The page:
13. Ang Dtray-Meuk (Grilled Squid)

In Cambodia, you can find almost anything in skewers (even tarantulas!). Now, I won’t go too extreme by recommending you to try out spiders, but do try Ang Dtray-Meauk which is basically grilled squid.

Often found right by the coastal towns, you will see local vendors carrying small ovens cooking the seafood as they walk along the shore. It is a simple dish and is great snack to have if you’re looking for something light.

Ang Dtray Meuk

14. Num Pang Pâté

Similar to Vietnam’s Bahn Mi sandwiches, this Cambodian mystery meat sandwich is a refreshing break from the usual ham and cheese sandwich fares that Western places always offer. Filled with various cuts of meat and fresh vegetables, Num Pang Pate is a great palette cleanser.

There are so many different flavor combinations for this but there is a staple traditional recipe which most street food stalls use.

If you are willing to give Cambodian food a chance without comparing it to its other Asian counterparts, you will find yourself pleasantly surprised with the little distinct flavors that make their food stand out. Like I always say, enjoy, eat local, and try the street food! Happy food trails!

Books About Cambodian Cuisine

If you want to learn more about Cambodian food preparation and cooking, here are a few recommended cookbooks to dive into!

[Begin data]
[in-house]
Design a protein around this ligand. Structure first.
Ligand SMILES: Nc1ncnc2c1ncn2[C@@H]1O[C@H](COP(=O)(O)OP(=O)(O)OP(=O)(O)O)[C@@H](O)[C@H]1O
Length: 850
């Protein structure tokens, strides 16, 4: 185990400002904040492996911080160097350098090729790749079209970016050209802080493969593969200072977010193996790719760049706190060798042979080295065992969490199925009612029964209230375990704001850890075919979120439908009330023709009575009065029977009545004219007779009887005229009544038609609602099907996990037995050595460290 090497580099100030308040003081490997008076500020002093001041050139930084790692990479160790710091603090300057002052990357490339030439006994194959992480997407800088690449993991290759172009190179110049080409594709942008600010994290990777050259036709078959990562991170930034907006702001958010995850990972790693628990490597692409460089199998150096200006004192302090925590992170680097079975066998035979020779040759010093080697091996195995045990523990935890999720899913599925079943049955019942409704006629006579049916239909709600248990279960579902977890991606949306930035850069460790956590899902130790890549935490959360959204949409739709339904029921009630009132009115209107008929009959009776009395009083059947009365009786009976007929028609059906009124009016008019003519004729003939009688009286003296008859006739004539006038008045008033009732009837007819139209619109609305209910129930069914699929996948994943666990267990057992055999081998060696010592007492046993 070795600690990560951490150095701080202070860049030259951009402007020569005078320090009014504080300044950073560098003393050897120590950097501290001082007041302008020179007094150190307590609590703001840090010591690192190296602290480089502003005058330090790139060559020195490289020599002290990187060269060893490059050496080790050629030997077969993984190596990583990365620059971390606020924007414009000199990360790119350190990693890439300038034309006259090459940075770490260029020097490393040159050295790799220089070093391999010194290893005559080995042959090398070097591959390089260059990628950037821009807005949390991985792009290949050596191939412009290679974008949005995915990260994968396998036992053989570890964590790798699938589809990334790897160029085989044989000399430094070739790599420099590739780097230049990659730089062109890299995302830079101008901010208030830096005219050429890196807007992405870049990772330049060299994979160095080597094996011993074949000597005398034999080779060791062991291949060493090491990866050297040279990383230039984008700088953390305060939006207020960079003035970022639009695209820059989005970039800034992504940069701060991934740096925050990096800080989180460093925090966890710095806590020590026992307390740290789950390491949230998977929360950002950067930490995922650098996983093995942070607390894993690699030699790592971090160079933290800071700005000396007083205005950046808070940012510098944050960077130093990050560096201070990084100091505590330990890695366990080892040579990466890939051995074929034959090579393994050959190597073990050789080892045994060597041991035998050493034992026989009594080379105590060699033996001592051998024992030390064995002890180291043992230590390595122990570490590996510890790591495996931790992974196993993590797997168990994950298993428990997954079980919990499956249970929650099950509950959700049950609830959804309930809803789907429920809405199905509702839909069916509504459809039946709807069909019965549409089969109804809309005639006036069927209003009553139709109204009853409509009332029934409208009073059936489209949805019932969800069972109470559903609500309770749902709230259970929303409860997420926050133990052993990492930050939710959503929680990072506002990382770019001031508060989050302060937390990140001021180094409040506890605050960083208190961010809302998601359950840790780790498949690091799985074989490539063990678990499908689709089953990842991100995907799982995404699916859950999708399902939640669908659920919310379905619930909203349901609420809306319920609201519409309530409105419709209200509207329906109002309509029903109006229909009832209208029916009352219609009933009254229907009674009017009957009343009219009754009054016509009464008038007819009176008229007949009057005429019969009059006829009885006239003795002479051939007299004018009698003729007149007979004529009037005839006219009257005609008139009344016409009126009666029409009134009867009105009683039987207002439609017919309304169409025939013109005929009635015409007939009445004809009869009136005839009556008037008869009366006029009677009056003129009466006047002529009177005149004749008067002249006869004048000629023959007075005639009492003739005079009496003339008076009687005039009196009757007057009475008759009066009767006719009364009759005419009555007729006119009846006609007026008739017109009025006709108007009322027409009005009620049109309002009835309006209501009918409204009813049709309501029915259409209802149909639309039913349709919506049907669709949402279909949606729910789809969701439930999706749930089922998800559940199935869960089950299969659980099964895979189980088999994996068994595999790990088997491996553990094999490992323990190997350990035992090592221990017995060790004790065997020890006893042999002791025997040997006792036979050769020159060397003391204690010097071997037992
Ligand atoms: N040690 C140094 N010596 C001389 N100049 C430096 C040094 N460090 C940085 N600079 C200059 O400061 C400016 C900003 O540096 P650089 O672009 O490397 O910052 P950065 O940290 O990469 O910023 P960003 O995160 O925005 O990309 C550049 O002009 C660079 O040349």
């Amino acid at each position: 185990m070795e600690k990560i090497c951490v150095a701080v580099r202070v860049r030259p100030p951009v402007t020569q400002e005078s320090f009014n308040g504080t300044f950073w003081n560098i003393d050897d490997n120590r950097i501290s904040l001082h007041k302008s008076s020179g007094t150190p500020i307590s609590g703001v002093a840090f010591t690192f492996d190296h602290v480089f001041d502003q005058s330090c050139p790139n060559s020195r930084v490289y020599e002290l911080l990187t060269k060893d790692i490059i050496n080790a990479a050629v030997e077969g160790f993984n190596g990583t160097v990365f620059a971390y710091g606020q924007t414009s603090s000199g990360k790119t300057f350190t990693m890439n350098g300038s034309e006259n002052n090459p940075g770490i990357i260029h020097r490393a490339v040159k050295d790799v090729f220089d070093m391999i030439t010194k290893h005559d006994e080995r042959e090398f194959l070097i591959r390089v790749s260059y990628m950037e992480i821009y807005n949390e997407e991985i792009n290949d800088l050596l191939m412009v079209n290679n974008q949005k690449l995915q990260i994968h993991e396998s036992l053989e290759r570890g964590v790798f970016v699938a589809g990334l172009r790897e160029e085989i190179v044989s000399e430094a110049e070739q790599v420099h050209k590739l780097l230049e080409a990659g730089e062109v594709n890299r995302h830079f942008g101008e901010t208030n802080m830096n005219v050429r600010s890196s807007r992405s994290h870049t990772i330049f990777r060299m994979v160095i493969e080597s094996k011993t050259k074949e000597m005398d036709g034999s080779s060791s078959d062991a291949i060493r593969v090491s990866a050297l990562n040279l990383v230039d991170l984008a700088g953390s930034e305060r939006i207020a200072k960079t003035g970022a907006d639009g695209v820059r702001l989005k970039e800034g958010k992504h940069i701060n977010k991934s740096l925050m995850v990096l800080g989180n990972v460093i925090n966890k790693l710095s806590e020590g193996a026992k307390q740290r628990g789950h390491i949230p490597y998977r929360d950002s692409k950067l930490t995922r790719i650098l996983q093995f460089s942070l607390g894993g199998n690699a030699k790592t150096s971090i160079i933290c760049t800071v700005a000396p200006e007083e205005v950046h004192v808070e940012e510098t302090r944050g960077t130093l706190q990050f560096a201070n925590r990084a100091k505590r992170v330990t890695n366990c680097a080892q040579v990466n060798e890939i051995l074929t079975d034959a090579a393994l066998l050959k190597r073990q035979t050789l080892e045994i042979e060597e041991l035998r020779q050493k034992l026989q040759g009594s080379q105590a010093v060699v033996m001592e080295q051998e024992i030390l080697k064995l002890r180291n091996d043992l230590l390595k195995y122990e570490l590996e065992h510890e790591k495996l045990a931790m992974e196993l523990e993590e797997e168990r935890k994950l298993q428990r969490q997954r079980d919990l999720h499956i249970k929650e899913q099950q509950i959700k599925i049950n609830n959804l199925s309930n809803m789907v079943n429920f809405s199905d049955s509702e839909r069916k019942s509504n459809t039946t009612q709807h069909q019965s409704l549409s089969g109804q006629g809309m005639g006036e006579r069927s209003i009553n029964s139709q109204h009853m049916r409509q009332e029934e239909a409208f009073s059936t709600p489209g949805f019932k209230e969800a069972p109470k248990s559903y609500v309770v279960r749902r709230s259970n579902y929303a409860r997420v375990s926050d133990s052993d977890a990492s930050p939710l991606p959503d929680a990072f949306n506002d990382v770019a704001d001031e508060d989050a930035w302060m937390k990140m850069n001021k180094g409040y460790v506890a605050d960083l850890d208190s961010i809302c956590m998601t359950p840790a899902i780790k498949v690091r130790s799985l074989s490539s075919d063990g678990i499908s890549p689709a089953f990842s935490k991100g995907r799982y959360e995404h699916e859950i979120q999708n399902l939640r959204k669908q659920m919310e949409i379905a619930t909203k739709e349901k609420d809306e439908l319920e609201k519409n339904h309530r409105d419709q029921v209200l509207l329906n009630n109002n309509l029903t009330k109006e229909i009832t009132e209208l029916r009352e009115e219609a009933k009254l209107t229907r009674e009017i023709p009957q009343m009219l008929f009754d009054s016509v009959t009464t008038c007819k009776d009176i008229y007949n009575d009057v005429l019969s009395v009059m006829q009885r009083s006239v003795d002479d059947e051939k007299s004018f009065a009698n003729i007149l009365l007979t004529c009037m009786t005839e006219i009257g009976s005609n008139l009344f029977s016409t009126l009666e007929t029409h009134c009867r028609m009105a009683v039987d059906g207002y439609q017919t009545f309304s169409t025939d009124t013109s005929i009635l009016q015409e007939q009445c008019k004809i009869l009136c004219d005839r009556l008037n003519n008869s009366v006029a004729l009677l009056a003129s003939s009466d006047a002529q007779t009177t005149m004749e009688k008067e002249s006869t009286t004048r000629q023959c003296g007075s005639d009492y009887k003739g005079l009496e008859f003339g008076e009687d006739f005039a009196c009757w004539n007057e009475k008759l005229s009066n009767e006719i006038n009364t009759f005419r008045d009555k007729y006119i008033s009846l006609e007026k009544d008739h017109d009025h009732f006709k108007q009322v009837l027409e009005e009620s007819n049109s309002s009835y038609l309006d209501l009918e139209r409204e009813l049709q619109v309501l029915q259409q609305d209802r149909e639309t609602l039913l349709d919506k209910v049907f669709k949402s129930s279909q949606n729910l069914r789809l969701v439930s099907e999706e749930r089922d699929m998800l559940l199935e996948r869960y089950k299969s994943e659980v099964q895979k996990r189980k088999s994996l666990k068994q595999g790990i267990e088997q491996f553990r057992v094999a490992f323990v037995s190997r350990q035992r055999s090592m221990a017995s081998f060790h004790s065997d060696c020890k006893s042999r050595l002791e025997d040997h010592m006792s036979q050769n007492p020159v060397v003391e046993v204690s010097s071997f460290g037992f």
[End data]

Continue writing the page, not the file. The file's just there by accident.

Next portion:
The Food & Cooking of Cambodia

If you’re looking for a great cookbook to learn more about Cambodian cuisine, check out this particular one, featuring over 60 authentic Cambodia recipes.Cambodian

Cooking: A humanitarian project in collaboration with Act for Cambodia

This book contains a variety of recipes all while talking about the culinary traditions around Cambodian cuisine.

The Elephant Walk Cookbook

If you’re looking for unique recipes, this cookbook is definitely worth checking out. Written by the chef-owner of The Elephant Walk, a renowned restaurant in Boston, this cookbook is a must for exotic foodies like myself.

Transport Around Cambodia

Getting around Cambodia is fairly easy and very inexpensive as well.

Transportation: We recommend using Bookawayor 12Go website to view bus, boat, and train schedules ahead of time. We’ve used these websites all over Asia and it saves us the hassle of lining up in travel agencies or bus stations.

Just remember to book in advance if traveling during peak season or around the time of a local festival or holiday!

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4 thoughts on “What to Eat in Cambodia: The Best Cambodian Food”

  1. Thanks for this article. My name is Veasna Kay and i’m a chef here in Phnom Penh, Cambodia. My love of Khmer food has led me to create regular videos which I upload online every week. I also teach private cooking classes for visitors here in Phnom Penh. I love Khmer Food with a passion and love to see more people in the world discover it too.